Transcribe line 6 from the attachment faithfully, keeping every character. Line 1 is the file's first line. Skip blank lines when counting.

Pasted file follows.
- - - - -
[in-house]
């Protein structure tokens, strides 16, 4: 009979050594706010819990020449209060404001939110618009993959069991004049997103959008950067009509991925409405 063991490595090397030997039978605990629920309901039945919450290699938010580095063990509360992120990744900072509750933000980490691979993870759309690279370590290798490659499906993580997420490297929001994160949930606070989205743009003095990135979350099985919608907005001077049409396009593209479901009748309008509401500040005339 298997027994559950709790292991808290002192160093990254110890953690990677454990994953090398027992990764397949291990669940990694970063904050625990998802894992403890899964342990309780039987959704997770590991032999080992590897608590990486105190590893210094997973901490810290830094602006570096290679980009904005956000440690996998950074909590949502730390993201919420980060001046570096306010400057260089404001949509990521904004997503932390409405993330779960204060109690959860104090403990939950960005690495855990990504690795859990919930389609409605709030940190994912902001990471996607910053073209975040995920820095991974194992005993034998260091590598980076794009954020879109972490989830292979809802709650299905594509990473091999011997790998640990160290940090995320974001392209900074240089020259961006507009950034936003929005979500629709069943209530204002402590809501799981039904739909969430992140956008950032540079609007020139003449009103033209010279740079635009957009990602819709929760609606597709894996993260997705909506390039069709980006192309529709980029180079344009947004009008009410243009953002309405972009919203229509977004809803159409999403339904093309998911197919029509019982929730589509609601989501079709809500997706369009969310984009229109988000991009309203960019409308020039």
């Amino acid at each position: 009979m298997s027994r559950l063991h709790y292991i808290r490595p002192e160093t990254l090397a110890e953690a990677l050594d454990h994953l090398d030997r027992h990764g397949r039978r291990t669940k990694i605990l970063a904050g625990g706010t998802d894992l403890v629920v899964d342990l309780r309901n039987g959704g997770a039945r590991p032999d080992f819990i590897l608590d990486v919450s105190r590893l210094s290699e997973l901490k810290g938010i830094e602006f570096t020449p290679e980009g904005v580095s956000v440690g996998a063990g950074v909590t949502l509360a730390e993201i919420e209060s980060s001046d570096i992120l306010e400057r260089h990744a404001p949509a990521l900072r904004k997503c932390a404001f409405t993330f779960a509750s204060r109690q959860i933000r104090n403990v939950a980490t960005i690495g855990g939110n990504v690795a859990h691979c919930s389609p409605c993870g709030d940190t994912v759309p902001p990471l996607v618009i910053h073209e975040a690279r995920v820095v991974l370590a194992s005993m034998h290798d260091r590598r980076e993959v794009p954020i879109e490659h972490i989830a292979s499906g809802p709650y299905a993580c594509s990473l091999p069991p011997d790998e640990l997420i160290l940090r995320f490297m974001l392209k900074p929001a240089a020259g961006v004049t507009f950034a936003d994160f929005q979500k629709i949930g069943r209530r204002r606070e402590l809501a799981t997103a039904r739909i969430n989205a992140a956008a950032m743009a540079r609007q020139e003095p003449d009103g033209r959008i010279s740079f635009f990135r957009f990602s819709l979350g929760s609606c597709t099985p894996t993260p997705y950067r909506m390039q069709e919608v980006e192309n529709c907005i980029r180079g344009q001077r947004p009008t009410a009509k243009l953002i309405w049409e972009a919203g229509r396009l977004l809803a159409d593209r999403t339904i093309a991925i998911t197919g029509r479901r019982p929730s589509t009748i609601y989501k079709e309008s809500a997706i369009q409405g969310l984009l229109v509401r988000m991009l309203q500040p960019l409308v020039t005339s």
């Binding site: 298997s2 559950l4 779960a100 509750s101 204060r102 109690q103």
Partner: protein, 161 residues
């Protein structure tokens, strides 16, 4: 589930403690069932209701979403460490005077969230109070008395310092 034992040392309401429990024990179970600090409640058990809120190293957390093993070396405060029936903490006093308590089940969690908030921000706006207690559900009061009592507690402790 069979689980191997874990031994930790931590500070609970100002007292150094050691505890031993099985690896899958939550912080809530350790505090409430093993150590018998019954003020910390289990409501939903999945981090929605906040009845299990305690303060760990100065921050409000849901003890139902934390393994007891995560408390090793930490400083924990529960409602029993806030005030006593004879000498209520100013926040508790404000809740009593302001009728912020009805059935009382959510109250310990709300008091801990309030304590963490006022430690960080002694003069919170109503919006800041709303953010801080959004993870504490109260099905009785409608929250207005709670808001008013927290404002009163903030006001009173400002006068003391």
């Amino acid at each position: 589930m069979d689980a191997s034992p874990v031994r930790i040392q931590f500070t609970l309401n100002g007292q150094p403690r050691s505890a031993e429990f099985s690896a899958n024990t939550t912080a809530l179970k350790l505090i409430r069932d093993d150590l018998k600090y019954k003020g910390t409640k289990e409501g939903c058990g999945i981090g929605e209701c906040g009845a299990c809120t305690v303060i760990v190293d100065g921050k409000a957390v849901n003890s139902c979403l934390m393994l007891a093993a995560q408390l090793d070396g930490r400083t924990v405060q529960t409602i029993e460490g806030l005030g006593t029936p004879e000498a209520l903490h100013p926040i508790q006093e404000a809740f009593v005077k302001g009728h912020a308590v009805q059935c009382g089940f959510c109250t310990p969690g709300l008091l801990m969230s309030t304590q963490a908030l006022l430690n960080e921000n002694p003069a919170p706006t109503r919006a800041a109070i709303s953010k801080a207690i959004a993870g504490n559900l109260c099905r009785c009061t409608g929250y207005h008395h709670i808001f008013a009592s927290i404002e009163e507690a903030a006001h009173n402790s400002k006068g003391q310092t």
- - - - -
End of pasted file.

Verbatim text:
């Protein structure tokens, strides 16, 4: 589930403690069932209701979403460490005077969230109070008395310092 034992040392309401429990024990179970600090409640058990809120190293957390093993070396405060029936903490006093308590089940969690908030921000706006207690559900009061009592507690402790 069979689980191997874990031994930790931590500070609970100002007292150094050691505890031993099985690896899958939550912080809530350790505090409430093993150590018998019954003020910390289990409501939903999945981090929605906040009845299990305690303060760990100065921050409000849901003890139902934390393994007891995560408390090793930490400083924990529960409602029993806030005030006593004879000498209520100013926040508790404000809740009593302001009728912020009805059935009382959510109250310990709300008091801990309030304590963490006022430690960080002694003069919170109503919006800041709303953010801080959004993870504490109260099905009785409608929250207005709670808001008013927290404002009163903030006001009173400002006068003391």